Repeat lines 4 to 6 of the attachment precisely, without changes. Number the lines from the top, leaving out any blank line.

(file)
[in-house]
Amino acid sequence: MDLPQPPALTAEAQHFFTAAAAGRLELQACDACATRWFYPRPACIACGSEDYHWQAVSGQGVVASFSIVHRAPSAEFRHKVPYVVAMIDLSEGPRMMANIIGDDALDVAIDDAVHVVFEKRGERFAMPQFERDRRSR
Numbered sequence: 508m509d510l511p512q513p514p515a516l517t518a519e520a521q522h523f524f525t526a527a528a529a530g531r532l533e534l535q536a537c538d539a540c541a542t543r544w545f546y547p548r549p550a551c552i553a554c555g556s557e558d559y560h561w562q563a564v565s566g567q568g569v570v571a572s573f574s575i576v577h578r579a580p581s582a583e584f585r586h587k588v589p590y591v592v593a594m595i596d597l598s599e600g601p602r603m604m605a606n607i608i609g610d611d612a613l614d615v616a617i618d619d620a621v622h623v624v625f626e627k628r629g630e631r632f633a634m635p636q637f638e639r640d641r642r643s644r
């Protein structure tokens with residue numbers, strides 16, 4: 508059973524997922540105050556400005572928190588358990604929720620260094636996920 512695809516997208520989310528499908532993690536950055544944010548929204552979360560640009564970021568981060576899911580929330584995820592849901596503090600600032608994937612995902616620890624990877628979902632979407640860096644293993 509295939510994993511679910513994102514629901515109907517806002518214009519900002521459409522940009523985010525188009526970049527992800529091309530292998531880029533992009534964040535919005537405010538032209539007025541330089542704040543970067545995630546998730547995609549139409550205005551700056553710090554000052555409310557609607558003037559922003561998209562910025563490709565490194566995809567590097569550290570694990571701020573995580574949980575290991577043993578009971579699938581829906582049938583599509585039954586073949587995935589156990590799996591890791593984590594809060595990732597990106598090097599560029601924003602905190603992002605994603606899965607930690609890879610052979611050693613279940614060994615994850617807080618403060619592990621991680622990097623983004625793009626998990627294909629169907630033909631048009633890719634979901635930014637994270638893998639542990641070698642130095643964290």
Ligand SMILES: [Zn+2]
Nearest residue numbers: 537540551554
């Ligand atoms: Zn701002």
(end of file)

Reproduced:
């Protein structure tokens with residue numbers, strides 16, 4: 508059973524997922540105050556400005572928190588358990604929720620260094636996920 512695809516997208520989310528499908532993690536950055544944010548929204552979360560640009564970021568981060576899911580929330584995820592849901596503090600600032608994937612995902616620890624990877628979902632979407640860096644293993 509295939510994993511679910513994102514629901515109907517806002518214009519900002521459409522940009523985010525188009526970049527992800529091309530292998531880029533992009534964040535919005537405010538032209539007025541330089542704040543970067545995630546998730547995609549139409550205005551700056553710090554000052555409310557609607558003037559922003561998209562910025563490709565490194566995809567590097569550290570694990571701020573995580574949980575290991577043993578009971579699938581829906582049938583599509585039954586073949587995935589156990590799996591890791593984590594809060595990732597990106598090097599560029601924003602905190603992002605994603606899965607930690609890879610052979611050693613279940614060994615994850617807080618403060619592990621991680622990097623983004625793009626998990627294909629169907630033909631048009633890719634979901635930014637994270638893998639542990641070698642130095643964290």
Ligand SMILES: [Zn+2]
Nearest residue numbers: 537540551554